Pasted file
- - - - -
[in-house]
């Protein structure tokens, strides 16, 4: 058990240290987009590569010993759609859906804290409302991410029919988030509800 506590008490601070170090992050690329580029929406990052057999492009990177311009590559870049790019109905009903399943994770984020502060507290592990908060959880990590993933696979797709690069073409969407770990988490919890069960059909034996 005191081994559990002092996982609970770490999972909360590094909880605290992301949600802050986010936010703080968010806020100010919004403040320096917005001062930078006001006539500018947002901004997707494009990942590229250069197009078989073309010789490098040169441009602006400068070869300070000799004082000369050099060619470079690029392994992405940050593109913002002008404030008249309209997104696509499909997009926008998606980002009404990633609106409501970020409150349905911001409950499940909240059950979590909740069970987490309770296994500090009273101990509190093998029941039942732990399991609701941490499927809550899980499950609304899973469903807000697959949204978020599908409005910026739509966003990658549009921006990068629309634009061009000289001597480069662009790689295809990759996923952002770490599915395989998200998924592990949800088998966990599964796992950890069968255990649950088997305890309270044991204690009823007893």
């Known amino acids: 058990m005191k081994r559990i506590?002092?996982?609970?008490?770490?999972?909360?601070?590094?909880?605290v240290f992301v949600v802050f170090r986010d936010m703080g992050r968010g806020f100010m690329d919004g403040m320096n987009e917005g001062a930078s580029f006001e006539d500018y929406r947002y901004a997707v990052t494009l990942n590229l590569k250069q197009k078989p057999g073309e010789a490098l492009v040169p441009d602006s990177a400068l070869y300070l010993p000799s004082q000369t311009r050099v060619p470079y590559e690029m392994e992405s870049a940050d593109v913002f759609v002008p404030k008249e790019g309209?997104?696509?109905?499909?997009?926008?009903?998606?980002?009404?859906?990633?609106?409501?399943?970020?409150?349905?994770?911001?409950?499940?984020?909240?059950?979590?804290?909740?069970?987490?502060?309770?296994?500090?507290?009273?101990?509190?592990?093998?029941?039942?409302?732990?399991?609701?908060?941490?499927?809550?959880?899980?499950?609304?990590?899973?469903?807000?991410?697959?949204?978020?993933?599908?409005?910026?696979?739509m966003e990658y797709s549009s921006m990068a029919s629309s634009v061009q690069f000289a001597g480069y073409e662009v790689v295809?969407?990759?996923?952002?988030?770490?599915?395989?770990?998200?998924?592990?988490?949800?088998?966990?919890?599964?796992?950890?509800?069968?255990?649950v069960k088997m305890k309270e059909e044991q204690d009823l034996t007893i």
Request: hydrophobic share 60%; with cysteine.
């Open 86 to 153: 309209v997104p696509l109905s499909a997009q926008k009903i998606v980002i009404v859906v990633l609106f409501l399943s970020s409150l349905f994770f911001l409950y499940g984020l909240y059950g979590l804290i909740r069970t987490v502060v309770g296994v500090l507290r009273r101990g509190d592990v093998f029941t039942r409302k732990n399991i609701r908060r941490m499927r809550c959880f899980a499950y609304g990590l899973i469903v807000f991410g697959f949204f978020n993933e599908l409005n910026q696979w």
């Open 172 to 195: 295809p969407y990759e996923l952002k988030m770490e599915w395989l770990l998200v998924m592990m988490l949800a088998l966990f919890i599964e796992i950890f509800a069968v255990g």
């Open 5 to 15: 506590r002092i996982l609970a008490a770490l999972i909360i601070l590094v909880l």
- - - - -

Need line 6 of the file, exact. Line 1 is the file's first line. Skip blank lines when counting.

């Open 172 to 195: 295809p969407y990759e996923l952002k988030m770490e599915w395989l770990l998200v998924m592990m988490l949800a088998l966990f919890i599964e796992i950890f509800a069968v255990g």